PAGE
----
• Current Reads

      Life after Life Jill McCorkle
      This Is Your Captain Speaking Jon Methven
      The Starboard Sea Amber Dermont
      Snark David Denby
      Bring Up the Bodies Hilary Mantel
  • Popular Tags

  • Recent Reflections

  • Categories

  • Moleskine’s All-Time Favorites

  • Echoes

    Matthew on [825] Paradise Lost -John…
    Anokatony on [825] Paradise Lost -John…
    Matthew on The King’s English Books…
    Katie Marie on The King’s English Books…
    lazyhaze on Reading Kafka’s “T…
    Buried In Print on Reading Kafka’s “T…
  • Reminiscences

  • Blog Stats

    • 991,710 hits
  • Enter your email address to subscribe to this blog and receive notifications of new posts by email.

    Join 1,666 other followers

Runcie’s Grantchester Mysteries

image

The descent of fall marks a slight change in reading habit. The early-morning cool calls for a cup of warm tea and a mystery. I’m currently on my William Monk #3 by Anne Perry. On the shelf are recently acquired Ruth Rendell’s Wexford series. Now the covers of James Runcie’s The Grantchester Mysteries lured me into them. A detective with a dog on leash walking toward a castle—how can I resist?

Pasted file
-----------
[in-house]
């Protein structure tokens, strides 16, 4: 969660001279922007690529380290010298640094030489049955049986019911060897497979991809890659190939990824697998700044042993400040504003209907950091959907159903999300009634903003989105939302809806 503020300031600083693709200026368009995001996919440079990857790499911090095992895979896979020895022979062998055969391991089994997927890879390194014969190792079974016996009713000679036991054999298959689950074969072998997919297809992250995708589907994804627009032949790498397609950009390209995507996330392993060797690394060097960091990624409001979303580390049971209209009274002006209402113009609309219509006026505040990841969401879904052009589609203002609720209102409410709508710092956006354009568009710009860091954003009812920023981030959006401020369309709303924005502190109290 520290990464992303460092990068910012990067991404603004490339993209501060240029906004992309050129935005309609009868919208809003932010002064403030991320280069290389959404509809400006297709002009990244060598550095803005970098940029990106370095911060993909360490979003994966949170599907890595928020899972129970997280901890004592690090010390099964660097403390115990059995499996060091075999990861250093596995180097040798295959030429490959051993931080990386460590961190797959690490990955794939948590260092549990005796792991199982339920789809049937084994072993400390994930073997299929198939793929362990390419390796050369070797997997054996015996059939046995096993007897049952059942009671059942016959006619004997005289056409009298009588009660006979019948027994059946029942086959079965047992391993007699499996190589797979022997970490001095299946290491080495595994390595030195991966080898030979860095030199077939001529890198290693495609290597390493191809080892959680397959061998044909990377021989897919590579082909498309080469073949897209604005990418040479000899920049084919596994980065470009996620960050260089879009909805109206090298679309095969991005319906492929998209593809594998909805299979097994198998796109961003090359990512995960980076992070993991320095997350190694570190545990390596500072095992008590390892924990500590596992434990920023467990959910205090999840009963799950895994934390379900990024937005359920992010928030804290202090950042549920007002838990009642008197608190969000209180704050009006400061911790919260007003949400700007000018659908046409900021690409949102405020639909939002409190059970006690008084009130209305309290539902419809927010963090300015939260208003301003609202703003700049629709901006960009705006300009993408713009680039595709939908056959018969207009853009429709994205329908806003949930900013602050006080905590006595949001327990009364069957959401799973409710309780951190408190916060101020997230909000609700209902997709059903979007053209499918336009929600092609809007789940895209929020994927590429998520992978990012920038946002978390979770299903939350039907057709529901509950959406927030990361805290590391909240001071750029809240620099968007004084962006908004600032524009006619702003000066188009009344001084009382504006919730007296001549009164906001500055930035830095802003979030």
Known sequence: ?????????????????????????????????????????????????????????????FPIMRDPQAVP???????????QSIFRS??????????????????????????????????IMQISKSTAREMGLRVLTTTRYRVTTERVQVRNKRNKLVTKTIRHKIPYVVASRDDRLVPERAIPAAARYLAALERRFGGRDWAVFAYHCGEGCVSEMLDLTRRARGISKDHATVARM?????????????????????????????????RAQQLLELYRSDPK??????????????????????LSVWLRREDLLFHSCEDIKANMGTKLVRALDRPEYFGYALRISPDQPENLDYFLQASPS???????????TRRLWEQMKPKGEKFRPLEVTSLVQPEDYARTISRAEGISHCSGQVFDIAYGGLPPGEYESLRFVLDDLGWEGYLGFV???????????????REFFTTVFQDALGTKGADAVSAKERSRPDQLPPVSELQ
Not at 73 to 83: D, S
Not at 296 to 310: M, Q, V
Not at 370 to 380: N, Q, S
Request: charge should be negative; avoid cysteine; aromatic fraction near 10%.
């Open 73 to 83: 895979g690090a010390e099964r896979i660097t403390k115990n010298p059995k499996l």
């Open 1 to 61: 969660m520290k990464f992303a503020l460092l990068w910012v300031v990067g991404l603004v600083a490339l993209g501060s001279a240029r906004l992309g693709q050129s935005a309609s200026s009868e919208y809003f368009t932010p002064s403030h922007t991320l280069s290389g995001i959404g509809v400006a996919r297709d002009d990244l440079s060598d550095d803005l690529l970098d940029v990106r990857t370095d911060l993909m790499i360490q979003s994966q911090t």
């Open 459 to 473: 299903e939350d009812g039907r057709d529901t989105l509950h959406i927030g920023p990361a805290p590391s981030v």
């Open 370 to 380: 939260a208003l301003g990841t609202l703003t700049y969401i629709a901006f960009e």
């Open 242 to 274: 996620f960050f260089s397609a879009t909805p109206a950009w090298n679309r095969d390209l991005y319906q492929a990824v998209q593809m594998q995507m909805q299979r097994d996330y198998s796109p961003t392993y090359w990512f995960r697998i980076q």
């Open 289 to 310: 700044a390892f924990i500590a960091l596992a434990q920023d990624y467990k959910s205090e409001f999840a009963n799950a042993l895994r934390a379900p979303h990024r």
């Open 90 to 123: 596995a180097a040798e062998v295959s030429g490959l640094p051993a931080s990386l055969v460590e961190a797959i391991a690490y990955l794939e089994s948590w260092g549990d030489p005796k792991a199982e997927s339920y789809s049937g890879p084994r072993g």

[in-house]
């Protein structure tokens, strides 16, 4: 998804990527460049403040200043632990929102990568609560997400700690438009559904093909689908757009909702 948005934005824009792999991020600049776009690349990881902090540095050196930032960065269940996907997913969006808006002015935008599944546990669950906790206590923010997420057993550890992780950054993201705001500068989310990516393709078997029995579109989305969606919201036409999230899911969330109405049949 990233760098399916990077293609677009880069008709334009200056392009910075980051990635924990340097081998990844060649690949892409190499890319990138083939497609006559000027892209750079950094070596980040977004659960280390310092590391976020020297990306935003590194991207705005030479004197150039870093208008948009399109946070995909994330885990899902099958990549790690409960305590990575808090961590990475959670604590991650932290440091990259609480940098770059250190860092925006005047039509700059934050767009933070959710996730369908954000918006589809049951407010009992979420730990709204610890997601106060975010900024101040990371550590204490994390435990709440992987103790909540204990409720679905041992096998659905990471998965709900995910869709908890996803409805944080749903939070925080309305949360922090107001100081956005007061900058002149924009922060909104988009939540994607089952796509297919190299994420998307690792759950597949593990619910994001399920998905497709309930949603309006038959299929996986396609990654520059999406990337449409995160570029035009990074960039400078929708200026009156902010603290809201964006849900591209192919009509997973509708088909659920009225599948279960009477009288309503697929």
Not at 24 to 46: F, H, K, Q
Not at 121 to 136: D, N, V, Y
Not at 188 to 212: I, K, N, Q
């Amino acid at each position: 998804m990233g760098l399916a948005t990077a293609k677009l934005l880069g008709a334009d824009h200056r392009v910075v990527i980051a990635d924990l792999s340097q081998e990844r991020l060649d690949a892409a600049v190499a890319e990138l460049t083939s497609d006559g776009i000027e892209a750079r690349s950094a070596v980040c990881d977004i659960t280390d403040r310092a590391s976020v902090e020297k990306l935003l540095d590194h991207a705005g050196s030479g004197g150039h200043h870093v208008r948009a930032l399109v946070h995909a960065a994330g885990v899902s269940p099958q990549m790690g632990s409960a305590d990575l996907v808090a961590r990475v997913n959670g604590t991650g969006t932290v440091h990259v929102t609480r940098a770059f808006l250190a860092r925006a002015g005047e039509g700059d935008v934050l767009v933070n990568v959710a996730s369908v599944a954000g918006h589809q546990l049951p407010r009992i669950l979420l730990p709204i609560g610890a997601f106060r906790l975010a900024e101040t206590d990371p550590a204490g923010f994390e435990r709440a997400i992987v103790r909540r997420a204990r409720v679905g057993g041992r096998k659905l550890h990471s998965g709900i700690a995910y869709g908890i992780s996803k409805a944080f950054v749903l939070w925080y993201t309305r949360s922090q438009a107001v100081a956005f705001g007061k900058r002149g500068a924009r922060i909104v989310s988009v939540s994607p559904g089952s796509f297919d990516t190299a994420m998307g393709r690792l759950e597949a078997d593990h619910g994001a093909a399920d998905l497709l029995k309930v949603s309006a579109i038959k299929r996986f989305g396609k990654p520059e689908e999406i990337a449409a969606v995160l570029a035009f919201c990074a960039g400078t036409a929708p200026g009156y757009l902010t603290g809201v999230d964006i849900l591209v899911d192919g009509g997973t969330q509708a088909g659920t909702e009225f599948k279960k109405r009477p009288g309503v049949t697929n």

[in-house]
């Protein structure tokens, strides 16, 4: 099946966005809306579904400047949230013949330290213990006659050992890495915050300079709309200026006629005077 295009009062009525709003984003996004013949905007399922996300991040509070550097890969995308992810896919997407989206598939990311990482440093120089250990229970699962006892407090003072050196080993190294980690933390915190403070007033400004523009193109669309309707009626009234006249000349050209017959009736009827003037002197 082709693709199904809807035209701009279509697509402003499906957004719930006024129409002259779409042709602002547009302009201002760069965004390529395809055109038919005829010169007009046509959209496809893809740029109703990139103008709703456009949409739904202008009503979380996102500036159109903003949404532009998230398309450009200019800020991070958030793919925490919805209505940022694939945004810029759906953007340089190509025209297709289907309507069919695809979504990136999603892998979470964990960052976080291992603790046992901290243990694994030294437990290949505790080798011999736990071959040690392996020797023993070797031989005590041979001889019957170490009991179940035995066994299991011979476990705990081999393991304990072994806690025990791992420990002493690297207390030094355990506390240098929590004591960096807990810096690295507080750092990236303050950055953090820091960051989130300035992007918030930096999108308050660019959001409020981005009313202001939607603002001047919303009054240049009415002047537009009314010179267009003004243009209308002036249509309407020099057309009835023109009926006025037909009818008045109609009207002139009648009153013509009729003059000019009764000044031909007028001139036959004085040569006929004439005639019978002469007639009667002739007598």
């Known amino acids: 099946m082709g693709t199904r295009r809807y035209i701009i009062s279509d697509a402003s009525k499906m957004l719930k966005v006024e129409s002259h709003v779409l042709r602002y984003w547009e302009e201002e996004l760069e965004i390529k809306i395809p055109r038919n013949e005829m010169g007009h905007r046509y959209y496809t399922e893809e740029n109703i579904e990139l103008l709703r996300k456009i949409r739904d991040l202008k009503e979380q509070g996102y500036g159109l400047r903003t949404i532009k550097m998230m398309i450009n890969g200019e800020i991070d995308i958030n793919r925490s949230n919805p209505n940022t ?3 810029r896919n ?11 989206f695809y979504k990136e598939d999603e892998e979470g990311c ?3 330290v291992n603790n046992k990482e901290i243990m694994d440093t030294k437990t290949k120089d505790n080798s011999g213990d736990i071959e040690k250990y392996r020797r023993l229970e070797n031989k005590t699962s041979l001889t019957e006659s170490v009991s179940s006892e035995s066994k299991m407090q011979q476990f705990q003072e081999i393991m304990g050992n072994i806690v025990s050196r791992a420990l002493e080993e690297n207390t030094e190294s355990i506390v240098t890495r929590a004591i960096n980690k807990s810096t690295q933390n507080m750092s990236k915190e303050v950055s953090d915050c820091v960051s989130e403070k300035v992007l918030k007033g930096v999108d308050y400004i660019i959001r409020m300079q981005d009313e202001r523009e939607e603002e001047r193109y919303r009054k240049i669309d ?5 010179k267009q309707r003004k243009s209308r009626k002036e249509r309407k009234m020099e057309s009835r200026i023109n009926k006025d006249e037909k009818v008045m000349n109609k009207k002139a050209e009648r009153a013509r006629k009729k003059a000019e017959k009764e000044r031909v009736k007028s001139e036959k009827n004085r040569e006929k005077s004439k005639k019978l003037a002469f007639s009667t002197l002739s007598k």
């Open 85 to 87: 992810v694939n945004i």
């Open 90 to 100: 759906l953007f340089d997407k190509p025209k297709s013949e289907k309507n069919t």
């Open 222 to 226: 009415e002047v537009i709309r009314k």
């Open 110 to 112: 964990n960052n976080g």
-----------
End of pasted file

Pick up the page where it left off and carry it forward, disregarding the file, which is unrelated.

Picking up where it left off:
The Grantchester Mysteries is a projected series of six novels by James Runcie. Beginning in 1953, and ending in 1978, the series features the clergyman-detective, Canon Sidney Chambers. Tall, with dark brown hair, eyes the color of hazelnuts and a reassuringly gentle manner, Sidney can go where the police cannot. These are moral fables, whydunnits as much as whodunits, which combine murder with morality and humor.

Three volumes are now published: Sidney Chambers and The Shadow of Death, Sidney Chambers and The Perils of the Night, and Sidney Chambers and The Problem of Evil. They all end up in my vacation pile, saved for the annual year-end trip to Asia.

Author’s background also intrigues me. With James Runcie’s background (son of an Archbishop of Canterbury), one might have thought that when he turned to crime-writing he would opt to defy family shibboleths and write gritty, uncompromising novels about alcoholic coppers in urban Britain. But his continuing series of Grantchester mysteries featuring Canon Sidney Chambers (a linear descendant of Chesterton’s Father Brown) would have made for a perfectly relaxing read over a cup of Earl Grey for his famous father (after a hard day at the coal face struggling with gay and women priests).

Leave a Reply

Fill in your details below or click an icon to log in:

WordPress.com Logo

You are commenting using your WordPress.com account. Log Out / Change )

Twitter picture

You are commenting using your Twitter account. Log Out / Change )

Facebook photo

You are commenting using your Facebook account. Log Out / Change )

Google+ photo

You are commenting using your Google+ account. Log Out / Change )

Connecting to %s

%d bloggers like this: